If you are interested in purchasing a Partnership Policy, you can get more information about participating insurance companies authorized by the North Carolina Department of Insurance to market and sell these policies to NC residents. These companies are listed on the NC Department of Insurance website, under the SHIIP program (State Health Insurance Information Program).

Keep in mind that if you use the North Carolina Long-Term Care Partnership Program, Medicaid Estate Recovery may include a greater portion of your assets. Generally speaking, Medicaid Estate Recovery is limited in the assets that it can claim at your death to reimburse itself for expenses incurred for your long term care.

However, if you use this program, additional assets may be made available to the claws of the Medicaid program. This might make jointly owned real estate, for example, subject to a forced sale to repay Medicaid. To that point though, you will have asset protection up to the amount paid on your behalf by the partnership policy, so it may be a tradeoff worth taking.


Asset Disregard

 If you have one of these policies, you fall into a special category of applicants that get a special feature called an “asset disregard,” which otherwise you would have had to spend down to qualify for Medicaid. An amount equal to the benefits received is disregarded from your assets. Since these policies must include inflation protection, the amount of the benefits you receive can be higher than the amount of insurance protection you originally purchased.

Typically, you would need less than $2,000 of countable assets to be eligible for Medicaid (somewhat higher for married couples). If you purchase a policy of this type, it’s possible that you could exclude hundreds of thousands in assets that you might not otherwise be able to exclude.

While our firm does a lot of planning with other tools, such as a trust, those tools are not perfect for everyone. For example, a common tool we use for planning for Medicaid eligibility is to create an irrevocable trust. However, with a 60 month look back period, that may not be the optimal solution for people who think they may need care sooner or aren’t sure.

Under the North Carolina Long-Term Care Partnership Program, personal assets in the amount of the total benefits paid are disregarded when Medicaid asset eligibility is calculated. For each dollar of benefits paid by a qualifying policy, one dollar of assets is not counted toward the eligibility limit. This means you get to keep those assets and don’t have to spend them before qualifying for Medicaid.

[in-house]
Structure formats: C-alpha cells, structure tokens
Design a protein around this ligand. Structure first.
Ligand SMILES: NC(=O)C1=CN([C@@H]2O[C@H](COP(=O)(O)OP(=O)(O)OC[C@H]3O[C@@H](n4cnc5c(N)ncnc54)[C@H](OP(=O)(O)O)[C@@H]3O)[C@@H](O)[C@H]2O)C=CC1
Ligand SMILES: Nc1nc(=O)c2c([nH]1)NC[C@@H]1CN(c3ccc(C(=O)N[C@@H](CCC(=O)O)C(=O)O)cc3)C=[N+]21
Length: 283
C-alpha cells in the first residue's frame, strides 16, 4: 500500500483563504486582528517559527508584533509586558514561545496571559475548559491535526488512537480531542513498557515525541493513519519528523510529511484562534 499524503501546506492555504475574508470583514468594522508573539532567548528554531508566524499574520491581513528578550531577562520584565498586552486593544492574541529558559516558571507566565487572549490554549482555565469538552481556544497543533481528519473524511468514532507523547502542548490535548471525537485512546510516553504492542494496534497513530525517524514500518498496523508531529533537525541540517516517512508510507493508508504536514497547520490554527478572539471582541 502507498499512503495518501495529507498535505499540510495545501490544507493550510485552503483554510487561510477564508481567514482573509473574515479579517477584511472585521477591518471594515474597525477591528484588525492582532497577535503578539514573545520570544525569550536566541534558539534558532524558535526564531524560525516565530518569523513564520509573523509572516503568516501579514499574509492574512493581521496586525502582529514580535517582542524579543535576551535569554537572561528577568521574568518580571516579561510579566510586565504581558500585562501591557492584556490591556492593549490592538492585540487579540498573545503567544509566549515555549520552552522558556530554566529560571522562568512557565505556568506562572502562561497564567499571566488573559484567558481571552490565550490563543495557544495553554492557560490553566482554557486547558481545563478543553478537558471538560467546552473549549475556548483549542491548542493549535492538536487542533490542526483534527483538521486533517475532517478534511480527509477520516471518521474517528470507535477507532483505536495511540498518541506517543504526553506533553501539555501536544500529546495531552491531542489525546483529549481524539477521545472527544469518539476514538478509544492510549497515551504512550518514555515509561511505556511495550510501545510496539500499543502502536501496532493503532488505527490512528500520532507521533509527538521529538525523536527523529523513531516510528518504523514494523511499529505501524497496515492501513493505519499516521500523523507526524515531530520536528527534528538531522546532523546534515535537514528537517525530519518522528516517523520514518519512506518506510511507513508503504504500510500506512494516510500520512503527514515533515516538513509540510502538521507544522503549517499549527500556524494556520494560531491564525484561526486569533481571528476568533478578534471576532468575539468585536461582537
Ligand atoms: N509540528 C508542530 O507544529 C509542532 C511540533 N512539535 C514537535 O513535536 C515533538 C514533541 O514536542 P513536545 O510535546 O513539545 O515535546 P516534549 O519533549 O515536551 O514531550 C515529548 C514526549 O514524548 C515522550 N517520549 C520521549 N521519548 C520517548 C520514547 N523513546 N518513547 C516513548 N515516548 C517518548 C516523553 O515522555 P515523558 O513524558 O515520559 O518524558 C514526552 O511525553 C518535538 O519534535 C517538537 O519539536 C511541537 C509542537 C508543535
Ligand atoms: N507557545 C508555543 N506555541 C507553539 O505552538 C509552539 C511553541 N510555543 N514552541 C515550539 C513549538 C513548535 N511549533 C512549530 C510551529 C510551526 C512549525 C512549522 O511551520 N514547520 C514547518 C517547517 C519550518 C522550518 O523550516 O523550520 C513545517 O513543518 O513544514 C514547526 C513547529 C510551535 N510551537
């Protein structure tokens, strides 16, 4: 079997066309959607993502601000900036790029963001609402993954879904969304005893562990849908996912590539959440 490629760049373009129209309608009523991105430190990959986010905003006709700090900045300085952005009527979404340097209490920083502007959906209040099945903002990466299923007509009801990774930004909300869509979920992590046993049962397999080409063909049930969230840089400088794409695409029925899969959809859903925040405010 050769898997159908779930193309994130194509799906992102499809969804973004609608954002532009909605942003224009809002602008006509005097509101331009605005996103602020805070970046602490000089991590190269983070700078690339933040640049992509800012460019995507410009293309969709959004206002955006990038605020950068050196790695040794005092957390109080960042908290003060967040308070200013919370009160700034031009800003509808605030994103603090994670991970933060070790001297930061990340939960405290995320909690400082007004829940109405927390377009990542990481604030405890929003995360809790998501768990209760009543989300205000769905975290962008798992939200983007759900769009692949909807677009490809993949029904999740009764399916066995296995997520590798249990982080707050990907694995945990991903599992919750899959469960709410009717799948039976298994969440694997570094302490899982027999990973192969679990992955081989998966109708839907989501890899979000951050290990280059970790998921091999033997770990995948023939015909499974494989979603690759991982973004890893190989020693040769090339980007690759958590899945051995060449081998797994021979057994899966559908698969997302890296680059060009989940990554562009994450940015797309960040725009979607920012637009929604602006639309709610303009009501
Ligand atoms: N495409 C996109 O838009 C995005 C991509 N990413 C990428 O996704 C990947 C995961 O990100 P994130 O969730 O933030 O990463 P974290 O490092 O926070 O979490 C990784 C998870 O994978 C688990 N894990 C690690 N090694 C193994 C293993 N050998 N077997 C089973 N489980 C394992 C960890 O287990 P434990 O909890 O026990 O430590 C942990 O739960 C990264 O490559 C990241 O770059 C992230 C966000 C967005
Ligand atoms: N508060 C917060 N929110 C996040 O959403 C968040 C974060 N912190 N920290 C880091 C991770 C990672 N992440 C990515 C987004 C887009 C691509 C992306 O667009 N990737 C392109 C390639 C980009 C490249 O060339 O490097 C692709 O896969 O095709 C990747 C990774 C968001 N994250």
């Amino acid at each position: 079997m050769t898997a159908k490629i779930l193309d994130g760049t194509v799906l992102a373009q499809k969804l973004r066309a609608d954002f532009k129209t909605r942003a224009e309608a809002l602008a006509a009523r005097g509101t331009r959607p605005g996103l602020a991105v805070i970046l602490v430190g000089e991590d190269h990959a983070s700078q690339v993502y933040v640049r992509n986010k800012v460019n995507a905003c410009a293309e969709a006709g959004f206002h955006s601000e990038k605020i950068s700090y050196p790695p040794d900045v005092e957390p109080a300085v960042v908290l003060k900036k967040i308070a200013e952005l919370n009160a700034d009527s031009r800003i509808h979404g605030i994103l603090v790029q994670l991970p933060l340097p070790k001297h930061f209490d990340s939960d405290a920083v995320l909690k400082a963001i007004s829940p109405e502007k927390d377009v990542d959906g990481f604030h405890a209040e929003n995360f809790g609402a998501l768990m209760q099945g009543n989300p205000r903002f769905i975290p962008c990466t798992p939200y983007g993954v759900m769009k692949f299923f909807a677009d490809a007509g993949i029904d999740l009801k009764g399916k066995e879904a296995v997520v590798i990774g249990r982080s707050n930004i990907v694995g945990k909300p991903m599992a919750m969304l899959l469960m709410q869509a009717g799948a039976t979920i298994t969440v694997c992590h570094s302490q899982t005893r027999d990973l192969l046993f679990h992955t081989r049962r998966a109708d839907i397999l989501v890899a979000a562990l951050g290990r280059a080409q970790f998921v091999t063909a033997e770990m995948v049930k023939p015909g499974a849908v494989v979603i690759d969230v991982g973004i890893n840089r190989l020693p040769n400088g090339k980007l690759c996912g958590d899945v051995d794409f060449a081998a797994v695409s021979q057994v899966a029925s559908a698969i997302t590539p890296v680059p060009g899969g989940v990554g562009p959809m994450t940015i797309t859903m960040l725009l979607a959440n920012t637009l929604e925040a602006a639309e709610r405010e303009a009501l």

With a Partnership policy, it also means that the state will not seek to recover money spent for your care from your estate. Estate recovery means that the state can require repayment from your estate for any costs paid by Medicaid. Too often, the family

If you have one of these policies, then at the time of applying for Long Term Care Medicaid, the amount paid out by the insurance company will be counted as an offset from both the amount of spend-down needed to qualify for Long Term Care Medicaid and will protect the same amount of property from Estate Recovery after you pass away.

The policies, under NC rules, have to state that if the insured is already a beneficiary of long term care Medicaid, the policy will not allow a resource disregard and protection at estate recovery, and have to state that the purchase of a partnership policy does not guarantee qualification for Medicaid.

Only the available and countable assets of the Medicaid applicant, and their share of the jointly owned assets can be protected in this manner. It is also possible to use a policy purchased in another state if that state has a reciprocal agreement with NC. Only a handful of states are excluded from such list.

If you need help with long term care planning, Medicaid eligibility, or Medicaid Estate Recovery matters, please reach out to our team at Hopler, Wilms, & Hanna.